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The Digital Continuum: The importance of involvement

Kyle Horner

There's something to be said about feeling like you're fully engaged by an MMO. By "fully engaged" I don't mean that an MMO should be incredibly challenging. I also don't mean that it should "feel immersive" via sandbox or any other design philosophy.

What I mean is that -- and this is obviously just my opinion -- a game should do its very best to make sure the player is always instantly, nearly and eventually involved. I know that sounds confusing, but let me explain before you start attempting to mail me lettuce so that I can pay a friend to throw it at me.


Being involved "instantly" means that moment-to-moment activities like combat should be involving and, this goes without saying, fun. If I'm playing a first-person shooter and the physicality of shooting someone just doesn't connect -- if it's too floaty or the bullets move through the environment in an unconvincing manner -- then I'll likely think said game is lackluster. Even if there's some really great progression or late-game features, it won't stop someone such as myself from playing for a few minutes before walking away with other matters on their mind.


The "nearly" part relates directly to MMOs. It's your character progression and the satisfaction gained from leveling, acquiring a new piece of equipment and basically chasing that next juicy reward. Obviously, having too little progression is very bad. On the other hand, there's definitely a point of diminishing returns where adding too many little carrots wastes development time and money, in addition to watering down all other rewards' importance.

"-when done well, word will spread beyond an established community and into the discussions of family and friends."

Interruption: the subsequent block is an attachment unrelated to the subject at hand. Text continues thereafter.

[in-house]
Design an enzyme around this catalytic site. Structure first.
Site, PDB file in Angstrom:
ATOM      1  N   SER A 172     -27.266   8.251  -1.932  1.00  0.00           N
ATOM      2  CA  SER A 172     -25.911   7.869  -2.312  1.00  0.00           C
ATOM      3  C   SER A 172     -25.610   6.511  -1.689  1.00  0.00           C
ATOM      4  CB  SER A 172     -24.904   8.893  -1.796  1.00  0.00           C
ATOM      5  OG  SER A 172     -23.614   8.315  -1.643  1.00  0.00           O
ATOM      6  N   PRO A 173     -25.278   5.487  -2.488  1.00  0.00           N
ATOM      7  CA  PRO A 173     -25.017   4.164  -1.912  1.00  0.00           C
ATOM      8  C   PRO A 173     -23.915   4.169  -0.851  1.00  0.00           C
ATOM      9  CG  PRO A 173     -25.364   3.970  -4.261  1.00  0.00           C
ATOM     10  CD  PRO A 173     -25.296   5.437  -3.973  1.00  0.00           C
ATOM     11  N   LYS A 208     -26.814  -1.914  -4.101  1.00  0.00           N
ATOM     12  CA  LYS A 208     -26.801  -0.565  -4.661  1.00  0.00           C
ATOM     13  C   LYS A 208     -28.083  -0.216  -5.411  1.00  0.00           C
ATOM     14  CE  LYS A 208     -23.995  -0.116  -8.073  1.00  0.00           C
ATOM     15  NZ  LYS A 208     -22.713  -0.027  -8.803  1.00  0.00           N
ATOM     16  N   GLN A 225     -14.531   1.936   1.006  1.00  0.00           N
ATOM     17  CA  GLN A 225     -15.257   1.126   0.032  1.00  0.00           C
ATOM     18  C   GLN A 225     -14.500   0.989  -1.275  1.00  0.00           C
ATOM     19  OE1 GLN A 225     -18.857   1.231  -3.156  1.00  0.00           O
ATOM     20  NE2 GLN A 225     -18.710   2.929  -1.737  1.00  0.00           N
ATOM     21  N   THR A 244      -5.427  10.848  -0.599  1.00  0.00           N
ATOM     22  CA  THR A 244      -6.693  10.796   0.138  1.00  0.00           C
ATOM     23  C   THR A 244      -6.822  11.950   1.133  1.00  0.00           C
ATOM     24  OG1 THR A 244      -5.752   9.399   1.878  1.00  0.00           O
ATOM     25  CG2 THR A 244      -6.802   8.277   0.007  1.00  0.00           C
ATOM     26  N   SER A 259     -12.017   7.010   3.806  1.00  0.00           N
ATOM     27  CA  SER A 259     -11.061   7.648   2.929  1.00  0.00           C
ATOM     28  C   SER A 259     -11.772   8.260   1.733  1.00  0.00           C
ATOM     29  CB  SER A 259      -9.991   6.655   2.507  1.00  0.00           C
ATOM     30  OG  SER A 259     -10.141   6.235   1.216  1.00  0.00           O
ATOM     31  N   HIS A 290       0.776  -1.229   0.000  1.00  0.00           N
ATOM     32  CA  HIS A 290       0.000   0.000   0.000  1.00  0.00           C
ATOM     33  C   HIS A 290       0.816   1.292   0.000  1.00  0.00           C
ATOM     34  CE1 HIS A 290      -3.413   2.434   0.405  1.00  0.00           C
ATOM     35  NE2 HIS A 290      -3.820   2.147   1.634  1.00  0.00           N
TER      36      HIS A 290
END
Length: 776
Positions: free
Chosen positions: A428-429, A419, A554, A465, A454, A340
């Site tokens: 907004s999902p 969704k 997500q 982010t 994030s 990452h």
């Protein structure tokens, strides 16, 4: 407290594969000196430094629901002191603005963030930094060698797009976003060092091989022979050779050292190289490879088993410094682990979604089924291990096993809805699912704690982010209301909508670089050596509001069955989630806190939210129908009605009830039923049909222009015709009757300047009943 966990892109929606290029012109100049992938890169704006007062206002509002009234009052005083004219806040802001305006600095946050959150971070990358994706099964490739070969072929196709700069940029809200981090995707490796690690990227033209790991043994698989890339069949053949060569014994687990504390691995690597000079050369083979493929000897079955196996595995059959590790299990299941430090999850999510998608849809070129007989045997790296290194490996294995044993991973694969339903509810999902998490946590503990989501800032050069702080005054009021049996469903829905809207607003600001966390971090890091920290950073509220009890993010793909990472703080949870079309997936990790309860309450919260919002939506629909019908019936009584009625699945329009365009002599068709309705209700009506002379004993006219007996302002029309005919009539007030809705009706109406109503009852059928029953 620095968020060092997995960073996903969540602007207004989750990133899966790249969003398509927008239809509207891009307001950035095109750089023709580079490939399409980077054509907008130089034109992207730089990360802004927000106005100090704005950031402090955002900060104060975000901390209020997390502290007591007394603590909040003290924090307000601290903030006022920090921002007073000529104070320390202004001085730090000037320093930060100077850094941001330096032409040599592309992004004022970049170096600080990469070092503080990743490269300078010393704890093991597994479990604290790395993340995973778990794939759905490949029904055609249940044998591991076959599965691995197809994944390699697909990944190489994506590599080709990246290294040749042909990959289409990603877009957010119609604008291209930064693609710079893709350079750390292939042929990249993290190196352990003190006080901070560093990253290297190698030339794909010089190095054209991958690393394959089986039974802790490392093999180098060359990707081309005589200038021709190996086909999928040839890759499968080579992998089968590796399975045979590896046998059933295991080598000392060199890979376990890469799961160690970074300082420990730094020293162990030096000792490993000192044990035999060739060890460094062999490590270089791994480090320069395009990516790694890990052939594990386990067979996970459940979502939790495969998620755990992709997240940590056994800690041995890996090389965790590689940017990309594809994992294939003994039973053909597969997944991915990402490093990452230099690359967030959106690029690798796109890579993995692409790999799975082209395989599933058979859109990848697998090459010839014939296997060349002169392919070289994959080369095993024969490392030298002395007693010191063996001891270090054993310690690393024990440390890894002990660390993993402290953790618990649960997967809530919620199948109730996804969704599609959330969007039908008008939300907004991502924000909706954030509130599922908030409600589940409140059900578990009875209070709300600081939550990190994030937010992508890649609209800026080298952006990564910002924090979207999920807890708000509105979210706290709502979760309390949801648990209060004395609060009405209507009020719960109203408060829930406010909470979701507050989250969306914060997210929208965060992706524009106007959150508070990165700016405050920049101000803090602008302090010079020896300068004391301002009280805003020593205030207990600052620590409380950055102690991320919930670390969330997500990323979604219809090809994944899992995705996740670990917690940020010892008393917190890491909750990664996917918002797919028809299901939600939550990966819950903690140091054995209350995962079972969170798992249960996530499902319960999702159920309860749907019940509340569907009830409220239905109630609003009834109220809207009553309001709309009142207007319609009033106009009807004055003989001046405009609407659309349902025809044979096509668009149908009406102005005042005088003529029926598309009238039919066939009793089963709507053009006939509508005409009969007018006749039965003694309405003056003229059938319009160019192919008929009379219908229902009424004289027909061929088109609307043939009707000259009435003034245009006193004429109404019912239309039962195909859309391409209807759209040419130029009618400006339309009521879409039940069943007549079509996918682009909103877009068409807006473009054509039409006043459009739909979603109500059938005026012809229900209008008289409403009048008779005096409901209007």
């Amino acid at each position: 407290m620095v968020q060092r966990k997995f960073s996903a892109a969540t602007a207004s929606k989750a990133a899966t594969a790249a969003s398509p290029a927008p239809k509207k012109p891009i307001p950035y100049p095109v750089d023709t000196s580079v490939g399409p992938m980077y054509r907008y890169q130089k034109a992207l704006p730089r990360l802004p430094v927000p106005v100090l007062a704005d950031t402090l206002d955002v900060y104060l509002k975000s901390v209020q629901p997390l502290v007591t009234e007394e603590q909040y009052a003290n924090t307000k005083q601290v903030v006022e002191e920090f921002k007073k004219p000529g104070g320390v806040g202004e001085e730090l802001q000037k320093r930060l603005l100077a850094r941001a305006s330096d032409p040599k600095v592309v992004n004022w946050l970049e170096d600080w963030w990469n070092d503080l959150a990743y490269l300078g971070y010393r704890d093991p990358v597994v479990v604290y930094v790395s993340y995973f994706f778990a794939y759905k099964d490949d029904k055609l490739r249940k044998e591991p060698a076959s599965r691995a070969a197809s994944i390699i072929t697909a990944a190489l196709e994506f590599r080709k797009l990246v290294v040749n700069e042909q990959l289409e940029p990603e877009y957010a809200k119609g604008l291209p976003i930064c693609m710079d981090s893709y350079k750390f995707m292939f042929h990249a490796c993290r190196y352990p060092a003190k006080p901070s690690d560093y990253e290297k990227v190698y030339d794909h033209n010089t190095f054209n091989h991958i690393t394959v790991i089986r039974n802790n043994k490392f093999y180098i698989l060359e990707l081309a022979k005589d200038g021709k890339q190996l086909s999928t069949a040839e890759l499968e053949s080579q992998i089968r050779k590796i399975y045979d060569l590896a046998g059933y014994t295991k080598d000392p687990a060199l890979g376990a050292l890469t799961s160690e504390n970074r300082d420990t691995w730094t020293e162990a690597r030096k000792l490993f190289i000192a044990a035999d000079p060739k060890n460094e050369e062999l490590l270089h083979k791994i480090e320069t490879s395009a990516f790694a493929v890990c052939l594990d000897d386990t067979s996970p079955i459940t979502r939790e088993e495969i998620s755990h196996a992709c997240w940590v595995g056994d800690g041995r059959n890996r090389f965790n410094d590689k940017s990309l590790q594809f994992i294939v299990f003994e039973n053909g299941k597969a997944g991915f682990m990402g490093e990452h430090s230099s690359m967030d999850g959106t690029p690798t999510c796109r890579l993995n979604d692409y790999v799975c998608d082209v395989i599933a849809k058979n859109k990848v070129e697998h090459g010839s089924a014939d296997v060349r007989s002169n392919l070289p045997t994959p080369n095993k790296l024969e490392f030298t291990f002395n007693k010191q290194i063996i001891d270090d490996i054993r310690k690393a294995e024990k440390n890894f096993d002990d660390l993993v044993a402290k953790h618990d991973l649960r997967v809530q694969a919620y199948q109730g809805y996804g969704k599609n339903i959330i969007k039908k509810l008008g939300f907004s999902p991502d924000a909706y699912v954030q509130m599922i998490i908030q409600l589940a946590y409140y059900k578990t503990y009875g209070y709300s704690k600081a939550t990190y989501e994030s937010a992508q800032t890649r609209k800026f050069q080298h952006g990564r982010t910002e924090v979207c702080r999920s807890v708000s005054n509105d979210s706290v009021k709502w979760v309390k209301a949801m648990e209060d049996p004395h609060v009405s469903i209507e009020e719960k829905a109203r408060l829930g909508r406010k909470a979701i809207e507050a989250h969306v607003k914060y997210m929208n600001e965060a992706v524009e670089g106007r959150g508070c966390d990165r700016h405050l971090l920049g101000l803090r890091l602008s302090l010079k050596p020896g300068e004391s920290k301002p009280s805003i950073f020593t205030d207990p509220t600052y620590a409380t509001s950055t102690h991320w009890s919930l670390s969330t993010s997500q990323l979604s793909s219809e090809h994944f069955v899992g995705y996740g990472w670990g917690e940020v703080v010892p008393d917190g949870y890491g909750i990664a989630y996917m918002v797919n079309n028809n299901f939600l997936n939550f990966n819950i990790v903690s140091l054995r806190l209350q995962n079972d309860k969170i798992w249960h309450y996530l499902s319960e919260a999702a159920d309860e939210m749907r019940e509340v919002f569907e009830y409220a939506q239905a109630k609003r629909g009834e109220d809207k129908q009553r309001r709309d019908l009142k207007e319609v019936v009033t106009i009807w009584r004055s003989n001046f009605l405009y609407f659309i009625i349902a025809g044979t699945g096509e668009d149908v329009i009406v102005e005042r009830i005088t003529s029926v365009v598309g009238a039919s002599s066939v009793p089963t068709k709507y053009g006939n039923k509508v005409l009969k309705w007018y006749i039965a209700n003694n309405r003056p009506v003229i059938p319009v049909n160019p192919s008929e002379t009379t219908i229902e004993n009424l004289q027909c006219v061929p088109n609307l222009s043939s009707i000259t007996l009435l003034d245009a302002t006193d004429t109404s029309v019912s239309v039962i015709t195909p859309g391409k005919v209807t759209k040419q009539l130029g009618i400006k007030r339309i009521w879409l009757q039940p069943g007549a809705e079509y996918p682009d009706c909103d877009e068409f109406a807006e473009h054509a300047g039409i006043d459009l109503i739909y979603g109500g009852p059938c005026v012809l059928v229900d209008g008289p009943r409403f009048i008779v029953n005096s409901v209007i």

Getting the "nearly" aspect just right is a big deal and when it's off everyone notices -- even if they don't always realize it. I've had friends tell me they couldn't get into a new MMO, even though they enjoyed the combat. Why? Usually it was because the next level was too far off, or the equipment wasn't that interesting to look at. Someone will play several hours for shiny new stuff that looks cool and/or gives nice stats, but not one shiny new thing. And hell, some people will chase equipment merely for its visual appeal. I'm pretty sure these people eventually go insane.


Which brings us to that "eventually" part of involvement. Every MMO has its milestones. Your first mount is a big occasion. A brand new zone to explore is like getting a trash bag of candy on Halloween when you were a kid. These moments need to be properly punctuated so they're memorable, so that a person will fervently tell a friend about their experience. In fact, each of these three facets are key because when done well, word will spread beyond an established community and into the discussions of family and friends.

Each and every one of these aspects -- instantly, nearly and eventually -- are really big chunks of an MMO. I'm well aware that there's a difference between saying they should be done correctly and actually doing so. I do know some simple choices that will improve the odds of players enjoying themselves in each aspect, however.

MMO combat is going two directions right now: shooter and classic. By classic, I mean games like EverQuest 2 and World of Warcraft. Shooter is fairly self-evident but there's a lot of variety to be found. Is the combat third-person or first? Realistic or futuristic/fantastical? Vehicles or infantry only?

Now, some act as if "classic" MMO combat is by default a bad thing. I don't think so. In fact, I think there's still plenty of room for improvement and growth, given the right circumstances. As someone who enjoys all sorts of different combat systems (from turn-based to FPS) I hope that developers continue to expand what it means to have "classic" combat. Star Wars: The Old Republic has an interesting cover system that may result in me playing a non-Force user class. Is it a shooter? Not at all -- and that's my point.

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